962 12 Detva Slovak Republic
Sona is a student at the Gymnazium Detva, Year Second
- ..and a lovely life the flowers lived…*
(The life and work of VERONIKA GOLIANOVA)
My great-grandma was born on 26 May 1914 in Detva. At that time her three brothers were enlisted into the First World War. Her coming into the world did not excite her siblings, because every added hungry mouth cut into the share of the family inheritance… She was the seventh, and the last. Her oldest brother Stefan was in prison camp in Russia, which is why he returned home only when Veronika was six. When a neighbor spotted him, she called out that “little King Stefan” returned from the war (her mother’s maiden name was Kra, Slovak for “king”). Veronika took aim and ran at him. She threw herself at him, but only reached his knees. She embraced them. He lifted her up, asked, “Are you that Veronika?” and kissed her. At that moment a great bond formed between them. When he got married, he and his family were excellent friends. For her other siblings, too, she became “our Veronika”. They all loved each other. Neighbors held them up as examples to their children.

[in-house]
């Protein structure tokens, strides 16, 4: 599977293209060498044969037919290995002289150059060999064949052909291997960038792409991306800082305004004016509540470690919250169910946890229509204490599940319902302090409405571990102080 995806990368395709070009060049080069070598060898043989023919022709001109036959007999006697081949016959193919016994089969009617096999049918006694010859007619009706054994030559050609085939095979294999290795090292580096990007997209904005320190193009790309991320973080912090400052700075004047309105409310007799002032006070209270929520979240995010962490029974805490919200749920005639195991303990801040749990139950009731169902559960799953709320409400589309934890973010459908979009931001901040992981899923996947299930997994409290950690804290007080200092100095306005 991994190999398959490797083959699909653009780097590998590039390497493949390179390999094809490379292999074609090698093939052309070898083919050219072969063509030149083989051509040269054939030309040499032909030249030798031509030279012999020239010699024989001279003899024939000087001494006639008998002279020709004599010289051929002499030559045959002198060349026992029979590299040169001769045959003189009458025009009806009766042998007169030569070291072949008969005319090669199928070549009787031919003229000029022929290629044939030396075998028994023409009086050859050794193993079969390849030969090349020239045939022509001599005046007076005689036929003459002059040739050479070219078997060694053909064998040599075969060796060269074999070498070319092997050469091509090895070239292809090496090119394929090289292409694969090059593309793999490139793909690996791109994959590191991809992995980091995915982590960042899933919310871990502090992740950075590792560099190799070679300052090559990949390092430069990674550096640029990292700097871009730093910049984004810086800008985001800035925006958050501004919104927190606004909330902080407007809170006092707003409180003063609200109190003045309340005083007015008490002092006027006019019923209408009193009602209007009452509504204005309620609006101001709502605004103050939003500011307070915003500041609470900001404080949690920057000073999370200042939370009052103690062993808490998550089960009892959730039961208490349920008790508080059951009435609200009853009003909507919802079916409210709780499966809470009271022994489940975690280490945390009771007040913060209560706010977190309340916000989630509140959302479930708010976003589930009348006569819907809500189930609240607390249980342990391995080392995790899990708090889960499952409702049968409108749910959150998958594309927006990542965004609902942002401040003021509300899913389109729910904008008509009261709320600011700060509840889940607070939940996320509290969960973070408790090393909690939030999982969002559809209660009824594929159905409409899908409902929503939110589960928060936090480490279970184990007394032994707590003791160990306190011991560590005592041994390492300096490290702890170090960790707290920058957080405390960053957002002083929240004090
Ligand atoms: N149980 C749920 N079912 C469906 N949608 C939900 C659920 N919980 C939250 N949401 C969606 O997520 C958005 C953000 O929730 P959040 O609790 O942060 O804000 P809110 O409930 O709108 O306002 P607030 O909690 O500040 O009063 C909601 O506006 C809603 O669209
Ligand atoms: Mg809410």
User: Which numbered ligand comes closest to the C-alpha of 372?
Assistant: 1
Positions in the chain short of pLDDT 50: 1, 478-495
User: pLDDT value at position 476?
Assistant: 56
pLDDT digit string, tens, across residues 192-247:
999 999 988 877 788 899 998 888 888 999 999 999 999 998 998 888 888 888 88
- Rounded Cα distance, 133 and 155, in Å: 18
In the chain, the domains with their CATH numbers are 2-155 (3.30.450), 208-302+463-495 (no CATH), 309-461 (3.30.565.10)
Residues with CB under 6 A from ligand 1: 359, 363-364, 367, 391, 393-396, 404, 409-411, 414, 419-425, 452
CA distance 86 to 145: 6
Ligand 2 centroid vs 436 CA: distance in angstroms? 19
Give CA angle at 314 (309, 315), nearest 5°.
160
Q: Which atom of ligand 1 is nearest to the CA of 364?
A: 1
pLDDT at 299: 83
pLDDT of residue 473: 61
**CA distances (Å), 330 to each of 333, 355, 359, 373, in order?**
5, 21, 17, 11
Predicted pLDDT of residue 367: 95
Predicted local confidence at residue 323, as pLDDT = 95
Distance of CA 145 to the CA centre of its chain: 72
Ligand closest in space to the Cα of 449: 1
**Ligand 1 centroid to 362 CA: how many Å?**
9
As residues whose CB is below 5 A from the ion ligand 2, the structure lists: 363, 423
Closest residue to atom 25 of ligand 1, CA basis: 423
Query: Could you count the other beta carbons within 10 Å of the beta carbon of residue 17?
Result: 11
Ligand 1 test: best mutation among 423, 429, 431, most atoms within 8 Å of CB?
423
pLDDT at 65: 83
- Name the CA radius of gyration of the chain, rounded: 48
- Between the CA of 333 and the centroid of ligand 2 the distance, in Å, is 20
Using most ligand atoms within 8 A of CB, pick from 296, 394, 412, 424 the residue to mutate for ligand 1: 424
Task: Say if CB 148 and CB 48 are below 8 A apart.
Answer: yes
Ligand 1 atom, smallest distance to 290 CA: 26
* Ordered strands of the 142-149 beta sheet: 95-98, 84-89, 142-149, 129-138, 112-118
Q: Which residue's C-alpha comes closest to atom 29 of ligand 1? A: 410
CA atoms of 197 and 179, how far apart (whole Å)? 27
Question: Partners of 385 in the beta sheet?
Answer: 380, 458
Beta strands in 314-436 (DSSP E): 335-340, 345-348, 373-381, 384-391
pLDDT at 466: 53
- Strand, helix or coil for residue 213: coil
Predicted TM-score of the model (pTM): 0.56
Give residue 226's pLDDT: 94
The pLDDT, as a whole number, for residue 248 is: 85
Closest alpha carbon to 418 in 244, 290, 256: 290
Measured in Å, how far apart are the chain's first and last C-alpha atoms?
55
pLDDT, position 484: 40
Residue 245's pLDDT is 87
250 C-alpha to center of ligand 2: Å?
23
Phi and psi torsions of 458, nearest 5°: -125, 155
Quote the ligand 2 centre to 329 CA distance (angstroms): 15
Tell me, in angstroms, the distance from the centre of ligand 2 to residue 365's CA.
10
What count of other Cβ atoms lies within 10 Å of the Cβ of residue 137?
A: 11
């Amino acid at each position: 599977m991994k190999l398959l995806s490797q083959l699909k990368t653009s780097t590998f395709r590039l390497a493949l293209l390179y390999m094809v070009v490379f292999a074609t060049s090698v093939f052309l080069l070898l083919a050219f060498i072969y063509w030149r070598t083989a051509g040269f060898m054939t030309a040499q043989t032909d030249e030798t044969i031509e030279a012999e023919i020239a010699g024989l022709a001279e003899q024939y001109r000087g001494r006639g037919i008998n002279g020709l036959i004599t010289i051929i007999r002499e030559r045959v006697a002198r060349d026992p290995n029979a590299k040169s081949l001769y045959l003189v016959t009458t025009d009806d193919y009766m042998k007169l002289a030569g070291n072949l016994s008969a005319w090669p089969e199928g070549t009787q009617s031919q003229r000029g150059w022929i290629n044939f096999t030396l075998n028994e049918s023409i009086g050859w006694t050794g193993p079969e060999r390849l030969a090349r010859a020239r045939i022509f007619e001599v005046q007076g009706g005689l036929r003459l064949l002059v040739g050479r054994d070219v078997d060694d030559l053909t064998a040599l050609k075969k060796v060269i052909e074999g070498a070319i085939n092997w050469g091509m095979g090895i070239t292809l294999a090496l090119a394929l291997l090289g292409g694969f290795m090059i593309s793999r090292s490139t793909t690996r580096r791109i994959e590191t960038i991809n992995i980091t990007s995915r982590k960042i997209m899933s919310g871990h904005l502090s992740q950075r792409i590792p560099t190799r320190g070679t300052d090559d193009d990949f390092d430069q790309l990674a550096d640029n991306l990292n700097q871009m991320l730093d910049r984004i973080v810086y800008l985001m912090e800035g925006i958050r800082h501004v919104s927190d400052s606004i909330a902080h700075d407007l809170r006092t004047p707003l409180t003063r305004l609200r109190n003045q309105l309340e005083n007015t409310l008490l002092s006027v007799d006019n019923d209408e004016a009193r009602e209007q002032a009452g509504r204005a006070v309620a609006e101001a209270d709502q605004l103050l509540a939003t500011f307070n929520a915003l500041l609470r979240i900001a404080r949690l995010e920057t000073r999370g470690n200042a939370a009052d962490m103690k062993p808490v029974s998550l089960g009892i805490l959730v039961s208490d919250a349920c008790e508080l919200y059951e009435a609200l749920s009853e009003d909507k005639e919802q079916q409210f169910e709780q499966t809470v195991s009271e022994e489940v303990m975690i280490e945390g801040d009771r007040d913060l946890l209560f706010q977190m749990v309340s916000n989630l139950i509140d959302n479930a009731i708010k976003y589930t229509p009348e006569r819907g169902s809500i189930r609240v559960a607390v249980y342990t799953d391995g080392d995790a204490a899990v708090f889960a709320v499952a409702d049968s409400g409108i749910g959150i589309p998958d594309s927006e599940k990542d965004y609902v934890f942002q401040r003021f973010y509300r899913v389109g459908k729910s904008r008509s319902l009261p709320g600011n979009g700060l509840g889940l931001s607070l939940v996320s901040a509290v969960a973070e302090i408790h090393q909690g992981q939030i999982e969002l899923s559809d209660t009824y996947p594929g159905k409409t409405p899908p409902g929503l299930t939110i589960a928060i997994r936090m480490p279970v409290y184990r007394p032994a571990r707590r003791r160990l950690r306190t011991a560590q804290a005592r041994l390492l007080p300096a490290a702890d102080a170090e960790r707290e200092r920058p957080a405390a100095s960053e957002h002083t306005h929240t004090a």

She grew up in humble circumstances, but inherited from her family a sense of beauty and aesthetics, and a perseverance with which she proved able to find and create beauty. Her mother weaved and sewed splendidly, but it was Veronika’s father’s sister that initiated her into the mysteries of embroidery. “Oh yes, uncountable hours I sat and lay on the bench by auntie, so I could watch her fingers from below, as they loaded the thread on the curved needle, and by working the thread created the gorgeous patterns of our Detva embroidery.” Veronika embroidered as a small child – she was about eight when she first took to the frame. Her sisters and sisters-in-law let her make a few patterns on the upper sleeve – when joined, the needlework of the fabric at the edge is not so visible. As a nine year old girl she embroidered a towel for the first time. “I remember how I longed to have sleeves embroidered in chiffon. I begged so much, so much that she consented. She sold a goose, and from the domestic budget came secretly what was needed for my chiffon. When she brought it, she lovingly and firmly said: But don’t you ruin it! Nor did I. How could I possibly? I was so careful with every stitch, since mama so trusted me. That was for me the greatest of rewards.”
Veronika went to school only in winter months, when the cows were not at pasture. Through it all she did well, not having to repeat a single year. After completing the seven years of mandatory attendance, she stayed at home for a time. She needed, though, to earn money, so she went to serve in an aristocratic family in Zvolen. She worked there five whole years. In addition to housework, she had to embroider and crochet various linens for the lady of the house. For her talent she became quite a favorite of this lady. Once every two or three months she would let her go home to Detva for a Sunday afternoon. Monday morning at six she was to be back in Zvolen. When she finished with service, she returned home and worked in her parents’ home.